Cognitive islands and runaway echo chambers: problems for epistemic dependence on experts

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Authors
C. Thi Nguyen
Utah Valley University
Abstract
I propose to study one problem for epistemic dependence on experts: how to locate experts on what I will call cognitive islands. Cognitive islands are those domains for knowledge in which expertise is required to evaluate other experts. They exist under two conditions: first, that there is no test for expertise available to the inexpert; and second, that the domain is not linked to another domain with such a test. Cognitive islands are the places where we have the fewest resources for evaluating experts, which makes our expert dependences particularly risky. Some have argued that cognitive islands lead to the complete unusability of expert testimony: that anybody who needs expert advice on a cognitive island will be entirely unable to find it. I argue against this radical form of pessimism, but propose a more moderate alternative. I demonstrate that we have some resources for finding experts on cognitive islands, but that cognitive islands leave us vulnerable to an epistemic trap which I will call runaway echo chambers. In a runaway echo chamber, our inexpertise may lead us to pick out bad experts, which will simply reinforce our mistaken beliefs and sensibilities.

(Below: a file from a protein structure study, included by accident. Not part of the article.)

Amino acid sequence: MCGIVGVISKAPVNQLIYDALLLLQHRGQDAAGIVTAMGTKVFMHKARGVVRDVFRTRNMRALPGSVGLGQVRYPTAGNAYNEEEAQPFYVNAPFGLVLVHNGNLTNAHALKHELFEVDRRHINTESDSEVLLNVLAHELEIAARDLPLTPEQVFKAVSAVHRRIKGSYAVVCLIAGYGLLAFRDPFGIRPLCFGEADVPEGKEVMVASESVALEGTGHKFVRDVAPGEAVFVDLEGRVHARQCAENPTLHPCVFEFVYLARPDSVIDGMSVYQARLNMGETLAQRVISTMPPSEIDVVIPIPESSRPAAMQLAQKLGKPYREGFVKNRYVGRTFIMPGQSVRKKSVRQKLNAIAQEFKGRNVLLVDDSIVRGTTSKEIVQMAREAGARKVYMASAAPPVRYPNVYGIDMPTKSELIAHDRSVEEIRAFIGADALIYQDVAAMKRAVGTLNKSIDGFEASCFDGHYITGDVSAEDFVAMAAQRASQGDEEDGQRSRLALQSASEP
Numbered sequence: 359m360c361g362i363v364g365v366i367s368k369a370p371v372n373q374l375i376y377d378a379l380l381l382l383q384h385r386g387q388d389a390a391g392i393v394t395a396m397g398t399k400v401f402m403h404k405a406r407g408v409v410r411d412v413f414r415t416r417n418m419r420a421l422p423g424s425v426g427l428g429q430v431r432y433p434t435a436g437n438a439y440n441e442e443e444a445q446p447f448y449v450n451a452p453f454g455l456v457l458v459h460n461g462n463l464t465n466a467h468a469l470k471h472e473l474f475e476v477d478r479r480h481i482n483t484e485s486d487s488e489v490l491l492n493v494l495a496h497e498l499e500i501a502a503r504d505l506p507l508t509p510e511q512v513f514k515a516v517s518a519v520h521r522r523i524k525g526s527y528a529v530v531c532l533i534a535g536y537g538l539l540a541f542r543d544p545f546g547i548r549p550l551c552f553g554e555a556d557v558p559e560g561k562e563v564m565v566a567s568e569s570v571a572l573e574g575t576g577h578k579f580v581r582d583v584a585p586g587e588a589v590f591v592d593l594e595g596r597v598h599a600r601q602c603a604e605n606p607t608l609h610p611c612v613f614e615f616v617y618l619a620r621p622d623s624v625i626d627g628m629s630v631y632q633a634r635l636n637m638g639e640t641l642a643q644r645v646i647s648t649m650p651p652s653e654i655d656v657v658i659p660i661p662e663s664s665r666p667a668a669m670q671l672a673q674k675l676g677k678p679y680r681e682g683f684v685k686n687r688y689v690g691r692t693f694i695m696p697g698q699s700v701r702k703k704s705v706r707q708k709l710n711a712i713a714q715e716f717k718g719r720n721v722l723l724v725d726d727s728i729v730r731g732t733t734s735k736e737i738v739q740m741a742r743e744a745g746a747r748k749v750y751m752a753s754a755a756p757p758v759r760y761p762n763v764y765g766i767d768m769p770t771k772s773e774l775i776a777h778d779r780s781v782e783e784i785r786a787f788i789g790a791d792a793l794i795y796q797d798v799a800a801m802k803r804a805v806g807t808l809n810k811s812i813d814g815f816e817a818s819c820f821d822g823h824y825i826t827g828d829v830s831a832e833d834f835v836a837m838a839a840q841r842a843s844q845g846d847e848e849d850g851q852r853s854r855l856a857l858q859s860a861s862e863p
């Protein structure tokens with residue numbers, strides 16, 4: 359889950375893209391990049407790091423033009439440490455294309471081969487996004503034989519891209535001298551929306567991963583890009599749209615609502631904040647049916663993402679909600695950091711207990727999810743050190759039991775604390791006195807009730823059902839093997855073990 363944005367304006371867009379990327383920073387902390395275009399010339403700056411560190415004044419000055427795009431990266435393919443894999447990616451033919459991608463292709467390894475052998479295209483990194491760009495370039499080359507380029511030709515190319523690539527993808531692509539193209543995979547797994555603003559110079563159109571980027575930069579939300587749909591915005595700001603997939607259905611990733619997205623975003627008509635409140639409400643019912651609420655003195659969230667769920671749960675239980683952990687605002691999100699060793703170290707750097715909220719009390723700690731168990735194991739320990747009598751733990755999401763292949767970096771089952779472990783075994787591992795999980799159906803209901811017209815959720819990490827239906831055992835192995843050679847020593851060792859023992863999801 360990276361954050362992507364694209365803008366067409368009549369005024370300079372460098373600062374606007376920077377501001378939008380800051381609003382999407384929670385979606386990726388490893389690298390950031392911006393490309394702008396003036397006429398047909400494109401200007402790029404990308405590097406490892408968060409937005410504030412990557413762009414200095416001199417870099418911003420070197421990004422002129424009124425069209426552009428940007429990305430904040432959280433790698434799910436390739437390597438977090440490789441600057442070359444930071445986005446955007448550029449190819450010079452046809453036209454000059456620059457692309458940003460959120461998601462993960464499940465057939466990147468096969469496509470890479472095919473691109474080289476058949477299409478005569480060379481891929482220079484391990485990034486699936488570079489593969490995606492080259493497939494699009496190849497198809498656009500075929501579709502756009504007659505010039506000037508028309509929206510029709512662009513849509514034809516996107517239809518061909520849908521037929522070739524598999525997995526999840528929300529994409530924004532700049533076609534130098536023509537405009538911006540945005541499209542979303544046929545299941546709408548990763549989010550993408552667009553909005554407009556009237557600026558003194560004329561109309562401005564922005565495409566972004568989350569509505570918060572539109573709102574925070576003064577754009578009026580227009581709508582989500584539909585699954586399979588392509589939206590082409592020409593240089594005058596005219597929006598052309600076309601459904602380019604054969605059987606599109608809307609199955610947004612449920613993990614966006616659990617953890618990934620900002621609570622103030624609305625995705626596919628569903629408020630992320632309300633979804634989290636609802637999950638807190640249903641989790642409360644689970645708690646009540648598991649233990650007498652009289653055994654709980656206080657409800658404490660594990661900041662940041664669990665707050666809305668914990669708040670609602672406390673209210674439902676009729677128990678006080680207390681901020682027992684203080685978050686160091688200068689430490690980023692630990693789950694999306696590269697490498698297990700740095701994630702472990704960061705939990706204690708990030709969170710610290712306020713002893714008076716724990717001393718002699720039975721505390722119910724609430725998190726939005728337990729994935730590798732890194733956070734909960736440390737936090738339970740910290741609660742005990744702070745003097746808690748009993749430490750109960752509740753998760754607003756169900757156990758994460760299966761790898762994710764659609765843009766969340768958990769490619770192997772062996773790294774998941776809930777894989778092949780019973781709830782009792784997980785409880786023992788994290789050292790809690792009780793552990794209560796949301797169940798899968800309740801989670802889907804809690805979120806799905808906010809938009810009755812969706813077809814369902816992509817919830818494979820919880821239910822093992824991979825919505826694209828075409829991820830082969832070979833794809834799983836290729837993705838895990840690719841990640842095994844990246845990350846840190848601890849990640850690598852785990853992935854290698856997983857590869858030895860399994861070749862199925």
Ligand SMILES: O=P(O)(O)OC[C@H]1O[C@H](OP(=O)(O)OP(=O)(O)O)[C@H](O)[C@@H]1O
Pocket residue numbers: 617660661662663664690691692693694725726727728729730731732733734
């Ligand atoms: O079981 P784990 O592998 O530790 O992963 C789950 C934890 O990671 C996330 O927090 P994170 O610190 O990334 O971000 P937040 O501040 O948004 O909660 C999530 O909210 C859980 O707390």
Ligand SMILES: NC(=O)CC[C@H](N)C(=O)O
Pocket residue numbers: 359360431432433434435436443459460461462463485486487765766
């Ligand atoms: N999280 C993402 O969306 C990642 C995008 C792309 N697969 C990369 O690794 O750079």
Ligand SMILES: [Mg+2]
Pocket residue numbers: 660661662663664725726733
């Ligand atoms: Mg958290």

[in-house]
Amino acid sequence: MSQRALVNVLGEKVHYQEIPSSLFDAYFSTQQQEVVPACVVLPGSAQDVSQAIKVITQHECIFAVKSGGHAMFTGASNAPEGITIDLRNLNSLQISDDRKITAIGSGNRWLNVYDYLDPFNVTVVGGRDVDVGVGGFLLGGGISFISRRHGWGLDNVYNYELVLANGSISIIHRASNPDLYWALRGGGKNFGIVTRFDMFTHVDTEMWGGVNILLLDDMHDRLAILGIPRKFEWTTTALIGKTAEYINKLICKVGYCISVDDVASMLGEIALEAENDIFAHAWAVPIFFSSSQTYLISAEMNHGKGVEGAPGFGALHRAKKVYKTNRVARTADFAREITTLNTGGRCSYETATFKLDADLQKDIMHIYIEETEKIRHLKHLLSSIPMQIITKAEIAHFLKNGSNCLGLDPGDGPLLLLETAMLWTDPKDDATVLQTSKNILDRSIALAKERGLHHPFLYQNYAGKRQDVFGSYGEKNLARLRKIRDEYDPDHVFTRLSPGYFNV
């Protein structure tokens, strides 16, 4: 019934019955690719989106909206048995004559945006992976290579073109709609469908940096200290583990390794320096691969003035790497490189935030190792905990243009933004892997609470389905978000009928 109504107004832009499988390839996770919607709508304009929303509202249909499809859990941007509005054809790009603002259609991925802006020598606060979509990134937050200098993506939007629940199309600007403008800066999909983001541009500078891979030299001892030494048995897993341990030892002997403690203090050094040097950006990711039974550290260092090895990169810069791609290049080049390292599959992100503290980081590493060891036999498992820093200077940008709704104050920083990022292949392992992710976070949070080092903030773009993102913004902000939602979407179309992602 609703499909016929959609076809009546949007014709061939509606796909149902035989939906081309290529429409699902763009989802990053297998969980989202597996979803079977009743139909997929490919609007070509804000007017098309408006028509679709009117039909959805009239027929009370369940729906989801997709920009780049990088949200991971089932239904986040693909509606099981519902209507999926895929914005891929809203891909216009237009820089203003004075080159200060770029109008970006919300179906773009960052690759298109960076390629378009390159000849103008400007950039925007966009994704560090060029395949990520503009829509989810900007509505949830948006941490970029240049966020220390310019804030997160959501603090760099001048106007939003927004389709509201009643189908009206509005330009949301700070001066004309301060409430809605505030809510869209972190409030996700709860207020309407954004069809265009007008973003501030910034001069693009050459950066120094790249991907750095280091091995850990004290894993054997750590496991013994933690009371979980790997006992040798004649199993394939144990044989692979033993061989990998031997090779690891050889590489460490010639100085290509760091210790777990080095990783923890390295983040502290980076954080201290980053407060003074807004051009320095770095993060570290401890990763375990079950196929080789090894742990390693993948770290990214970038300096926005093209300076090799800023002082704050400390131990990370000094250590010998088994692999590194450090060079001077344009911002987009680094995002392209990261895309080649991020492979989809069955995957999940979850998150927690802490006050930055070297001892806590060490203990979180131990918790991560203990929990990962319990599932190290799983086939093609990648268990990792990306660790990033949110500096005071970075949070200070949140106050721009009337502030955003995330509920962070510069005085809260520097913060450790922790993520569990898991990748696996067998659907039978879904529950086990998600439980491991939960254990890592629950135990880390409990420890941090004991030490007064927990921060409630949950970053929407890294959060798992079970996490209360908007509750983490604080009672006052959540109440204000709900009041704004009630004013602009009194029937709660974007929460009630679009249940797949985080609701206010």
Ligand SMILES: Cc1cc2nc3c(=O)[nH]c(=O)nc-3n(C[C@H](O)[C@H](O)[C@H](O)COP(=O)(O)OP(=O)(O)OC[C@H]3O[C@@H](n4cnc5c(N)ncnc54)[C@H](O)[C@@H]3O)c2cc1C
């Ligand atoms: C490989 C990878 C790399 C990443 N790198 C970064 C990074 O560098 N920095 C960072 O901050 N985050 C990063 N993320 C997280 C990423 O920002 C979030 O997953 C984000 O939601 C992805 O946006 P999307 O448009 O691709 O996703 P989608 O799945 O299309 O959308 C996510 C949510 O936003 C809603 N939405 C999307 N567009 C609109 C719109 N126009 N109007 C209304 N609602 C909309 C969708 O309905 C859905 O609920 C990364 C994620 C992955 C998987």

Keywords Epistemic dependence  Trust  Testimony  Moral testimony  Aesthetic testimony  Echo chambers  Expertise  Expert testimony  Disagreement
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DOI 10.1007/s11229-018-1692-0
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References found in this work BETA

Trust and Antitrust.Annette Baier - 1986 - Ethics 96 (2):231-260.
Experts: Which Ones Should You Trust?Alvin I. Goldman - 2001 - Philosophy and Phenomenological Research 63 (1):85-110.
Expertise and the Fragmentation of Intellectual Autonomy.C. Thi Nguyen - 2018 - Philosophical Inquiries 6 (2):107-124.

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Citations of this work BETA

Expertise and the Fragmentation of Intellectual Autonomy.C. Thi Nguyen - 2018 - Philosophical Inquiries 6 (2):107-124.

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